It’s only been one week since my first newsletter went out, and yes, today is Christmas Day. But I do have good reason for interrupting your Christmas morning (and honestly, if you’re the one ignoring your family right now by checking your email, then that’s on you).
Today I am delighted to be making my debut as a published crossword constructor in the Sunday New York Times.
The puzzle is titled Novel Thinking, it’s about books, and I couldn’t be more excited to share it with you and the entire crossword-solving community.
Analysis of my puzzle around the web
I’ll avoid any major puzzle spoilers in this newsletter, but consider yourself warned if you click any of these links.
Wordplay - Caitlin Lovinger at the Times’s own crossword column describes the puzzle as being “imbued with the personality of a cartoonist”, which is high praise indeed. Included in the column are my own notes on the puzzle.
XWord Info - Jeff Chen’s site has been an invaluable resource in my crossword-constructing journey. I’m delighted to have been bestowed the POW! Puzzle-of-the-Week distinction.
Rex Parker Does the NYT Crossword Puzzle - I read Rex’s blog every day after completing the puzzle, and I always delight in his crankiness. It’s a real badge of honour that he didn’t enjoy my puzzle; I’d almost be disappointed if he did like it.
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Constructing a crossword puzzle
Constructing crossword puzzles combines two of my loves: bad puns and tedious tinkering.
I’ve been a lifelong crossword fan, and a daily NYT solver for years. I started to teach myself how to construct crossword puzzles a few years ago and have found it to be not unlike composing a page of comics—the processes share a similar choreography of boxes and words and visual design. And both are easy skills to pick up, but difficult to master without a lot of trial and error. I've often described plotting out a story or a page of comics as being a puzzle to solve, and it has not been surprising to learn that the same is true of constructing puzzles themselves.
It helps that a career in making books ensured that I was familiar with the usual aphorisms: writing is rewriting… murder your darlings… and no, Will Shortz does not want to “hang out some time”.
Being a writer also prepared me for the numerous rejections. This puzzle was my tenth submission to the New York Times, and tenth time’s the charm, as they say.
When I think back to my earliest efforts, I was just so happy that I successfully filled an empty grid with interlocking words, that I didn’t stop to consider whether they were good words, or if the puzzle was even fun to solve (they weren’t; it wasn’t). Here I am after making my very first crossword puzzle, and emailing it to my friends, while I awaited their adulation:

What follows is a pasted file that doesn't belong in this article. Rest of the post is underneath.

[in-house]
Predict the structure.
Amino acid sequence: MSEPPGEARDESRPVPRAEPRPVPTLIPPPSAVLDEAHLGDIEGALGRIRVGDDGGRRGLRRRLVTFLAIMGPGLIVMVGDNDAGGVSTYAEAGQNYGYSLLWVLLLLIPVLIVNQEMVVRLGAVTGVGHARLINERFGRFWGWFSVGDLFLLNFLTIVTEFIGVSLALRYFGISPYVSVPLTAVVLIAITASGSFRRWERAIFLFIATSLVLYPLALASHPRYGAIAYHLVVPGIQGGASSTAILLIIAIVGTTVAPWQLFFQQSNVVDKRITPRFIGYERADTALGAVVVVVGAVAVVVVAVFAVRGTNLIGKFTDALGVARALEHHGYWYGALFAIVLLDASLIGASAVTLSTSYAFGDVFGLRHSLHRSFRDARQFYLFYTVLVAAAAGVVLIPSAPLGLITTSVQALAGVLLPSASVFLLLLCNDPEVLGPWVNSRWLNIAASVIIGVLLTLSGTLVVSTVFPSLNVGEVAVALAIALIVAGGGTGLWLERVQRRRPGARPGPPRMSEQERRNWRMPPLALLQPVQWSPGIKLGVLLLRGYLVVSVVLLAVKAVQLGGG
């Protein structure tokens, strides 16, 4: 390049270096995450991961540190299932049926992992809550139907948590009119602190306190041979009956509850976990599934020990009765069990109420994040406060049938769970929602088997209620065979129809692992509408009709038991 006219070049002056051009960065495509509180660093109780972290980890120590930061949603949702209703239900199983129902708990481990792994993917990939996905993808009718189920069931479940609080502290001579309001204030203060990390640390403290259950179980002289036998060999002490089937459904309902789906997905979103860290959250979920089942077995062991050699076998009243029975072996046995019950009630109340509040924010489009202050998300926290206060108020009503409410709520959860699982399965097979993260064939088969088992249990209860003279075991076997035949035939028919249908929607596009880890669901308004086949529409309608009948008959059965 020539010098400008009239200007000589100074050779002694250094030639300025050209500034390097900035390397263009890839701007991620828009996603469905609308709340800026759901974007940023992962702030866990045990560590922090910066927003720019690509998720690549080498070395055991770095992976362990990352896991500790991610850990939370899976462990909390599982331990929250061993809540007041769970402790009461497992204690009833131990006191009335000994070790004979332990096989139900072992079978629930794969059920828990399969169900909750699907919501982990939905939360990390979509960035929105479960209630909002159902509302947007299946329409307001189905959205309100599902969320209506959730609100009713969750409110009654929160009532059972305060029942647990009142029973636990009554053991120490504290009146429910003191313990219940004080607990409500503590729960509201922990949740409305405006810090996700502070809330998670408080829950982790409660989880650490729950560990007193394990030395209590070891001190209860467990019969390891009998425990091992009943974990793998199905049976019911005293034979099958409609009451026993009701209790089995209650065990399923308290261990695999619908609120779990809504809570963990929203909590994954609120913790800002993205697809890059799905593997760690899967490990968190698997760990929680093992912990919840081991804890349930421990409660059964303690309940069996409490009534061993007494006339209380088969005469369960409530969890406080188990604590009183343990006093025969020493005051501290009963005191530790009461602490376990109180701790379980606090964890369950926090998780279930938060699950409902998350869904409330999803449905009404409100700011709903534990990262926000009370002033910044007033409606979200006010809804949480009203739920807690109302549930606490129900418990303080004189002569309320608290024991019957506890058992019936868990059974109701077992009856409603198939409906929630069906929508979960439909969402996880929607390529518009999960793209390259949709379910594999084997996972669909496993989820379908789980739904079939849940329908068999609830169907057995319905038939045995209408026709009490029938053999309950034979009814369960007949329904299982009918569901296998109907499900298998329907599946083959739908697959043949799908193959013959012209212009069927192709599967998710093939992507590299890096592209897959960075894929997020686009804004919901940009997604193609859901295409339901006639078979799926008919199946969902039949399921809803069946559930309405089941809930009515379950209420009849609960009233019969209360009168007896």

As clumsy as those initial efforts were, I’m grateful for the encouraging responses I received from the Times’s editorial team, and from the handful of test-driving friends who patiently tried to make sense of my ham-fisted themes and too-cute cluing.
For anyone who wants to get into constructing puzzles, you could do worse than start with the New York Times’s own How to Make a Crossword Puzzle, Patrick Berry’s Crossword Constructor Handbook, or by visiting The Crossword Puzzle Collaboration Directory, which focuses on people from underrepresented groups who are interested in making crossword puzzles.
The genesis of this puzzle
A puzzle isn’t a puzzle without someone to solve it, and while I waited for the Old Gray Lady to accept one of mine, I looked for other ways to share my work and hone my skills. So, for the last few years I’ve made a holiday crossword puzzle for my co-workers at Tundra Books with themes playing off the titles of the books we publish.
My NYT puzzle evolved out of the Tundra holiday puzzle I made last year. After completing that puzzle, I thought that the theme could be reworked for a general audience using the titles of famous novels in the clues, rather than Tundra titles.
And here we are.
It's quite fitting that this puzzle is being published on Christmas Day, one year later. If it helps my chances at publishing more, maybe I should start making puzzles for my coworkers for every major holiday.
My first published crossword puzzle will not be my last. Certainly you’ll hear about any new puzzles in this newsletter, and in the new year I intend to make room on my website to share more of my work.
I’ll leave you with The Crossword Puzzle from the great Czech animator Michaela Pávlatová:
Happy solving and warmest wishes to you and yours this holiday season! See you in 2023.
This was the first Sunday Times puzzle I ever completed! How serendipitous to follow a link from Austin Kleon over here.
Amazing! Is it a sign of my age that I think this is the coolest thing ever?